What's the point?
It's not 3-d, it's a gimmick. The only reasons for it are to (a) sell more sets and (b) differentiate one broadcaster from another.
As others have pointed out, the brain's depth-processing doesn't match what's being broadcast, it gets broken when the image is in the wrong place (e.g. too close to and too off axis from the eyes), or when other cues break the instinctive action to check something moving fast and apparently close to the head. There's no 'look behind' capability on any of the current proposals - and even if material is shot from two cameras 'just in case' it will never have that. Possibly most significant is the inability to track focus with distance; you're always focussed on the display device irrespective of the image focus point. And of course the small displays have a very restricted sweet spot.
On top of that the whole grammar of film/TV production needs to be changed; you can no longer (for example) play with the focus to indicate an area of interest; fast zooms, tracks, and pans no longer work (you lose the 3-d effect if you do it too quickly), and of course the issue of the viewer throwing up needs addressing.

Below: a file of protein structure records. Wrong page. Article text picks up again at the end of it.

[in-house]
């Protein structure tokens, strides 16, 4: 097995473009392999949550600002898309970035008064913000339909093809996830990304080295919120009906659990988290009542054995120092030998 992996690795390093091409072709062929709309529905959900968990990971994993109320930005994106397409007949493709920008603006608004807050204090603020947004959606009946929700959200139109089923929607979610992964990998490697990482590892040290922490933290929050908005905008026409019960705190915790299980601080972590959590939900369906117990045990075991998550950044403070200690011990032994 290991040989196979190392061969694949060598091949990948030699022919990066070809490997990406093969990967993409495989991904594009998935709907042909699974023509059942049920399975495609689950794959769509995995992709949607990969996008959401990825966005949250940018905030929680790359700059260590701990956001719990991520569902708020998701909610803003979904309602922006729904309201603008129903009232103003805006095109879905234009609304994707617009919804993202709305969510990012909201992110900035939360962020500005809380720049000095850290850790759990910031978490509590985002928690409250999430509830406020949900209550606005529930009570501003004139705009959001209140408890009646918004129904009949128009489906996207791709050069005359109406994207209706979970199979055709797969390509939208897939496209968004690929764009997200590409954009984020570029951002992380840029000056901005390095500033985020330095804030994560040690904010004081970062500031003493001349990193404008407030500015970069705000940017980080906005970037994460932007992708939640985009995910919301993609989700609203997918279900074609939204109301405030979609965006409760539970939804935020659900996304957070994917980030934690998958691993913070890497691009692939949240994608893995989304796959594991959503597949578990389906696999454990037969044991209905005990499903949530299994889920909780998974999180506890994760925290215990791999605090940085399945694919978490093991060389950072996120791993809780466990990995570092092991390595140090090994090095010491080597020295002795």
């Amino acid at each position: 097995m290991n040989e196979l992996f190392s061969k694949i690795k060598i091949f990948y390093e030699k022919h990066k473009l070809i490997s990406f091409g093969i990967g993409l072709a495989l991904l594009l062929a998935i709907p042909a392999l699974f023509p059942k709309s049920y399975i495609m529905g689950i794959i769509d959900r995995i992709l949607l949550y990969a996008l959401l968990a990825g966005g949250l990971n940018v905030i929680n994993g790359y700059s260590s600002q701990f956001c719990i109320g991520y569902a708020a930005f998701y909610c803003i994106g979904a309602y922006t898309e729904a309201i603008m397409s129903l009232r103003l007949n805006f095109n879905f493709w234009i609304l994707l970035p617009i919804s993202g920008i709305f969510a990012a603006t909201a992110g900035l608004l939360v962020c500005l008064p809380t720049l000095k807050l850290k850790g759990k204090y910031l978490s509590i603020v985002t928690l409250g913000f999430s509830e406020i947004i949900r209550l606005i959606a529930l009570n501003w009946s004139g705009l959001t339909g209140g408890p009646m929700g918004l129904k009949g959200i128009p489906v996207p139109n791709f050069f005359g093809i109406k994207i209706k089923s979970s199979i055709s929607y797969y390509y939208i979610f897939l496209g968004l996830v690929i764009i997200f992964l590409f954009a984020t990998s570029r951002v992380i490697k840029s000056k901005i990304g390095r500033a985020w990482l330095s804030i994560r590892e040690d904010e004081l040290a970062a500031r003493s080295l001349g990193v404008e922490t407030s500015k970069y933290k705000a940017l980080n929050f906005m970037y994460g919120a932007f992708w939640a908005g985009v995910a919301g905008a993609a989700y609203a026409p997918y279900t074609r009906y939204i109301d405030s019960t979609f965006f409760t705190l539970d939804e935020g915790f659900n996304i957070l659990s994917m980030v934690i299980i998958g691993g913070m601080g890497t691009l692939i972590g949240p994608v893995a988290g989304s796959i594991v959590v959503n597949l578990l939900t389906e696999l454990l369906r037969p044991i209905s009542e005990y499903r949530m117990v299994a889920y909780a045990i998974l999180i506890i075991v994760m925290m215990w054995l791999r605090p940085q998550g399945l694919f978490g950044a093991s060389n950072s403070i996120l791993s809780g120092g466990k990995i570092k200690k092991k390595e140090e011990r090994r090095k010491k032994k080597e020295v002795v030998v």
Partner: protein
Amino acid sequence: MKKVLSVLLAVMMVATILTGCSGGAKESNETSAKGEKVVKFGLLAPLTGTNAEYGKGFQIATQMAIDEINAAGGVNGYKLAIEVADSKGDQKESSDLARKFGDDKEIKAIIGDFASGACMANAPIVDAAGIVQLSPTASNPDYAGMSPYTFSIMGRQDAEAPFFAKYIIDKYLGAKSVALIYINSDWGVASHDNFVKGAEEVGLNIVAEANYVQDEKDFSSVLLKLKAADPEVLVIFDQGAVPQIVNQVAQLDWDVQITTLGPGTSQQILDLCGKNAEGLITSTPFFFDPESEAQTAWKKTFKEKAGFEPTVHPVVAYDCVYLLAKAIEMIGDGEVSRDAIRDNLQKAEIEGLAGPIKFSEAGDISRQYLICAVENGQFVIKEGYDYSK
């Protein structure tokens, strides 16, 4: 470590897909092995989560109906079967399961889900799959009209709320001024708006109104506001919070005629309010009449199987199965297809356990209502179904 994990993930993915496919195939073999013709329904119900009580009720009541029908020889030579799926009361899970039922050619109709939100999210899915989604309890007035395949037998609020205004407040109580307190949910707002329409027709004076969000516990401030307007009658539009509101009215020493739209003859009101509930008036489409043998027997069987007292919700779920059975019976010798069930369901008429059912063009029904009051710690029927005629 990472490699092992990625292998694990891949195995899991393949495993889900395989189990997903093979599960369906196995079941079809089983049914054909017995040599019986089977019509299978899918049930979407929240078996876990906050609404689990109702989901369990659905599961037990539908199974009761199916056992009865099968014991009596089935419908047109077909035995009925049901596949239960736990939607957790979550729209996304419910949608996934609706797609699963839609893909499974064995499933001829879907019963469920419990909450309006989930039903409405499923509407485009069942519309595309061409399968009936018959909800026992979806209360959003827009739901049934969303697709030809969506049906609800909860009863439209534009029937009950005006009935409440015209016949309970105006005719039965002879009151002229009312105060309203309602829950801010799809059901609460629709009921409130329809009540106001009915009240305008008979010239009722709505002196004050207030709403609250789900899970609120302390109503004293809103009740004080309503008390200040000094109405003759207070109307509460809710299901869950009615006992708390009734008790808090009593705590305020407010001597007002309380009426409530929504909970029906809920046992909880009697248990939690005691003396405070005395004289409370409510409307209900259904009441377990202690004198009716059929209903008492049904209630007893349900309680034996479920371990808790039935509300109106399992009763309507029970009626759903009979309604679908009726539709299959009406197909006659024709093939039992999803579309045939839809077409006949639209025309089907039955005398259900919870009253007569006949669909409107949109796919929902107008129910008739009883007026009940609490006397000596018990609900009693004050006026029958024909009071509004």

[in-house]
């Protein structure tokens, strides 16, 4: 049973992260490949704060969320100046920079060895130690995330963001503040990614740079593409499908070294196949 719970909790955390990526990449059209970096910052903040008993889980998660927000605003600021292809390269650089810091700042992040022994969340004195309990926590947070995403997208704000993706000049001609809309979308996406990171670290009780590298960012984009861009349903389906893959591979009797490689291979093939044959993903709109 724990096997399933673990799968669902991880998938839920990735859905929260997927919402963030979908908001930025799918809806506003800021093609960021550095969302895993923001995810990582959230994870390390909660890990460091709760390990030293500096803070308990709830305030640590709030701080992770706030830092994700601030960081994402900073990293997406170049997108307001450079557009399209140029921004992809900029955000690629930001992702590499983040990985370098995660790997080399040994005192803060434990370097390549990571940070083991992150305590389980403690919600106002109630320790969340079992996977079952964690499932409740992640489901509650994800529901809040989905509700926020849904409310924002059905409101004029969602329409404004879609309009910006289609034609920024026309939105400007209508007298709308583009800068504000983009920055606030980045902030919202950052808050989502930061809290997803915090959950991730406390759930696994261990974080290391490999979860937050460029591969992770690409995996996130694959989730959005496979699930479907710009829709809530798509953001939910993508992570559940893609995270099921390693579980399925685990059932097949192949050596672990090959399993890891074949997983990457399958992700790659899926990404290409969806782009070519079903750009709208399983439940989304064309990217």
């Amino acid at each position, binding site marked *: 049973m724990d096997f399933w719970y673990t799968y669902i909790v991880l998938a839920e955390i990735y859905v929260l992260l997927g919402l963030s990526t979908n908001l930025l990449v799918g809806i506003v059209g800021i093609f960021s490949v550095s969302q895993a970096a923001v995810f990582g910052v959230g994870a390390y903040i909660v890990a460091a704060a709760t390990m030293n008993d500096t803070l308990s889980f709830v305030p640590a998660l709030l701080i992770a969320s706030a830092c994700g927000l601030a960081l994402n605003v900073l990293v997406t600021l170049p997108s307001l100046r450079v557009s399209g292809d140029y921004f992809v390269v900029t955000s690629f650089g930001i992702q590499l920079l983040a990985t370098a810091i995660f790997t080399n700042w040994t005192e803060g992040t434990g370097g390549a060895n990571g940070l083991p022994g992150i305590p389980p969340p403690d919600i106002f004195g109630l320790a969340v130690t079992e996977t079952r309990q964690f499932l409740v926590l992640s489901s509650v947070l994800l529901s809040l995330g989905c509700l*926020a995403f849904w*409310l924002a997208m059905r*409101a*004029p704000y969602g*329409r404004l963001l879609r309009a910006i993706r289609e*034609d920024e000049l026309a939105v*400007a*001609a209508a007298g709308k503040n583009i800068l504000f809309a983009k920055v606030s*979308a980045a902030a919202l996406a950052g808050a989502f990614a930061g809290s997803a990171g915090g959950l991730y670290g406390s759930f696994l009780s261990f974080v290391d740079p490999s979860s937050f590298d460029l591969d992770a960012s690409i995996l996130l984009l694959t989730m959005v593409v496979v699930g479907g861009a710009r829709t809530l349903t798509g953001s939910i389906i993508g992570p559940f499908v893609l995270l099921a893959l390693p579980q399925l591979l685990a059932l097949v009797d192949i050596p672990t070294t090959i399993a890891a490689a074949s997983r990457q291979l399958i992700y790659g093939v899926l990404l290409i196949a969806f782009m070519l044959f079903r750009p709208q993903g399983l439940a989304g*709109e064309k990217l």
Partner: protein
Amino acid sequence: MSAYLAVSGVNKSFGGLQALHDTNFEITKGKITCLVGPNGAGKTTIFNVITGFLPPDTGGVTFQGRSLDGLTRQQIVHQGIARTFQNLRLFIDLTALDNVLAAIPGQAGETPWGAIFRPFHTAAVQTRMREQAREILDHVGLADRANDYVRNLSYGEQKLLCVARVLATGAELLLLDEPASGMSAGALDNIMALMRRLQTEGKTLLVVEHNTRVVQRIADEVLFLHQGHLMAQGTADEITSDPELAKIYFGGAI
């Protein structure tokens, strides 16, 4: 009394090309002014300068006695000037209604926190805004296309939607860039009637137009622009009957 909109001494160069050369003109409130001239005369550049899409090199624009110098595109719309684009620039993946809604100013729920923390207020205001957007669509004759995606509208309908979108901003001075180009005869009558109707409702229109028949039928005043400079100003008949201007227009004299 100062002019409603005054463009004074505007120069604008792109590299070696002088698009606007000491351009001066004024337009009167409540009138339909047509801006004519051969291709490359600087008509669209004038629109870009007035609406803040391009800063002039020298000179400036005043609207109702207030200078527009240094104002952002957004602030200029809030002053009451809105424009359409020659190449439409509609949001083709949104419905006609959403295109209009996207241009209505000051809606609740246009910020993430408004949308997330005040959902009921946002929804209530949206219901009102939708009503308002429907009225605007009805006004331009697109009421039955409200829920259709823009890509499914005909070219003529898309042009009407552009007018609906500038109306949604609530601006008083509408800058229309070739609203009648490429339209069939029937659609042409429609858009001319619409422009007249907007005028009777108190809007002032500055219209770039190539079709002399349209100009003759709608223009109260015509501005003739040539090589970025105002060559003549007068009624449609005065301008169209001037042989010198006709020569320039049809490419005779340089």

The data bandwidth required either doubles, or if it remains the same, allows with most displays only half the resolution - which indicates HD bandwidth for not much more than SD display (though this is debatable depending on how you count the bandwidth - but certainly there's less per eye available).
You need to edit everything twice, and possibly shoot it twice, too - you can't just drop down to a flat image if you don't have a 3-d display device. (Well, you can, but for reasons of the film grammar, it looks odd.) And of course the transmission method and the display surface have to be independent otherwise you can't display some things on incompatible displays.
Apart from that it's wonderful. But I can't help feeling that Avatar would have looked as good flat as in 3-d, and without the silly glasses, too.